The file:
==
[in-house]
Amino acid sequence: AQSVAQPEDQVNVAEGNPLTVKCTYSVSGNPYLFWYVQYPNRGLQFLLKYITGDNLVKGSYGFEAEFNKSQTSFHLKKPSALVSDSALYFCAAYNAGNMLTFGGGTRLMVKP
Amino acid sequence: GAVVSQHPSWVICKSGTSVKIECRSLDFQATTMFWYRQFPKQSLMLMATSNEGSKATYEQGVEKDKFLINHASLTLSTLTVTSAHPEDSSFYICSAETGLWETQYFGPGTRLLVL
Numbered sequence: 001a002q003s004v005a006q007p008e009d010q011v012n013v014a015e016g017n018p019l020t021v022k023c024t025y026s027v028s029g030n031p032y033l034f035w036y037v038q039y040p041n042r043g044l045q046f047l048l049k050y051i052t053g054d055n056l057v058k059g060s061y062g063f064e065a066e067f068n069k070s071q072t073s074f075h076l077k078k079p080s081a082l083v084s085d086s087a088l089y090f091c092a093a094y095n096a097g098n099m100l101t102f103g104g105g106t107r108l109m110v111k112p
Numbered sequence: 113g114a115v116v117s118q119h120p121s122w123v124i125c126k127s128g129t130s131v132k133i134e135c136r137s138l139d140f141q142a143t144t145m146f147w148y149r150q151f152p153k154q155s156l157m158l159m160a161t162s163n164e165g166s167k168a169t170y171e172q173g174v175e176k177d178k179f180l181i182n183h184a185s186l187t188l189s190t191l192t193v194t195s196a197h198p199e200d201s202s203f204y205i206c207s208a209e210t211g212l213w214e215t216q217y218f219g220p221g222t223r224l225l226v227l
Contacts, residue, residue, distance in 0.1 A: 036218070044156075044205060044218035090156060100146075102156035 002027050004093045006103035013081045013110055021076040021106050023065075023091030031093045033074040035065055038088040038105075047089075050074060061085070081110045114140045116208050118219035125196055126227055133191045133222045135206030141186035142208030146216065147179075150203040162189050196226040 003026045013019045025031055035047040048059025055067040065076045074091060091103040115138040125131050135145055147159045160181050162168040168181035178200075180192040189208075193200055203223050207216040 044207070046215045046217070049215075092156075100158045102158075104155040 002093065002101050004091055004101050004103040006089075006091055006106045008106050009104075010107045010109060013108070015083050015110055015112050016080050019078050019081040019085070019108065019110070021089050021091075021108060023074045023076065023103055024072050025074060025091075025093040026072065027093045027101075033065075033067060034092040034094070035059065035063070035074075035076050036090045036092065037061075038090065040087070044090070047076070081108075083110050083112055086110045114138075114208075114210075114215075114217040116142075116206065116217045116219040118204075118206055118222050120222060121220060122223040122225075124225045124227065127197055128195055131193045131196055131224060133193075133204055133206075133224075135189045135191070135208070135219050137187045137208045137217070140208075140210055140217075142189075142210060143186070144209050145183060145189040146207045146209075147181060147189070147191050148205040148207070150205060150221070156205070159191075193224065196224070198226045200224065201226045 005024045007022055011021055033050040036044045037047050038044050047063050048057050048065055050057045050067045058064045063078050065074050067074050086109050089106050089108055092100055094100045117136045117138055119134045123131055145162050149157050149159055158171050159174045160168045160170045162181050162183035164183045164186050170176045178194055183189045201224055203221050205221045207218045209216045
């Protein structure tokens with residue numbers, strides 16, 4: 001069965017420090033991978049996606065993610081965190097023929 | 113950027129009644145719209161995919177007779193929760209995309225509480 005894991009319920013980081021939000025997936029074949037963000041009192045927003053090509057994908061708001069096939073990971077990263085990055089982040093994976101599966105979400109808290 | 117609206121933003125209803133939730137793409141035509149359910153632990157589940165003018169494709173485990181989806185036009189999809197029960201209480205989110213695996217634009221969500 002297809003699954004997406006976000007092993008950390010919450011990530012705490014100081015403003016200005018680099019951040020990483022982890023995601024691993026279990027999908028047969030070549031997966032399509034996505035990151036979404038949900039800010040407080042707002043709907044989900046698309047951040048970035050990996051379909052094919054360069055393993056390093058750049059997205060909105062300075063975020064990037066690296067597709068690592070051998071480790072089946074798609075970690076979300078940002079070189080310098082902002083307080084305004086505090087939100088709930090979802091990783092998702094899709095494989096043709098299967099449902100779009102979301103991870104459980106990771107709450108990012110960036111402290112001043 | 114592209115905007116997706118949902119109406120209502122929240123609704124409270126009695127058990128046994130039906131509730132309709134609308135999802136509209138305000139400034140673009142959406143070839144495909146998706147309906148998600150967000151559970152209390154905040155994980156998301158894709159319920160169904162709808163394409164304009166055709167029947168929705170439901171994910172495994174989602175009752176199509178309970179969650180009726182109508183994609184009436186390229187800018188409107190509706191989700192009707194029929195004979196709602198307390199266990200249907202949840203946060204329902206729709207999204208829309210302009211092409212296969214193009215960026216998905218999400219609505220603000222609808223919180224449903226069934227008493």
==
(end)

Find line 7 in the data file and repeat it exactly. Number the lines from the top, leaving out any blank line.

């Protein structure tokens with residue numbers, strides 16, 4: 001069965017420090033991978049996606065993610081965190097023929 | 113950027129009644145719209161995919177007779193929760209995309225509480 005894991009319920013980081021939000025997936029074949037963000041009192045927003053090509057994908061708001069096939073990971077990263085990055089982040093994976101599966105979400109808290 | 117609206121933003125209803133939730137793409141035509149359910153632990157589940165003018169494709173485990181989806185036009189999809197029960201209480205989110213695996217634009221969500 002297809003699954004997406006976000007092993008950390010919450011990530012705490014100081015403003016200005018680099019951040020990483022982890023995601024691993026279990027999908028047969030070549031997966032399509034996505035990151036979404038949900039800010040407080042707002043709907044989900046698309047951040048970035050990996051379909052094919054360069055393993056390093058750049059997205060909105062300075063975020064990037066690296067597709068690592070051998071480790072089946074798609075970690076979300078940002079070189080310098082902002083307080084305004086505090087939100088709930090979802091990783092998702094899709095494989096043709098299967099449902100779009102979301103991870104459980106990771107709450108990012110960036111402290112001043 | 114592209115905007116997706118949902119109406120209502122929240123609704124409270126009695127058990128046994130039906131509730132309709134609308135999802136509209138305000139400034140673009142959406143070839144495909146998706147309906148998600150967000151559970152209390154905040155994980156998301158894709159319920160169904162709808163394409164304009166055709167029947168929705170439901171994910172495994174989602175009752176199509178309970179969650180009726182109508183994609184009436186390229187800018188409107190509706191989700192009707194029929195004979196709602198307390199266990200249907202949840203946060204329902206729709207999204208829309210302009211092409212296969214193009215960026216998905218999400219609505220603000222609808223919180224449903226069934227008493």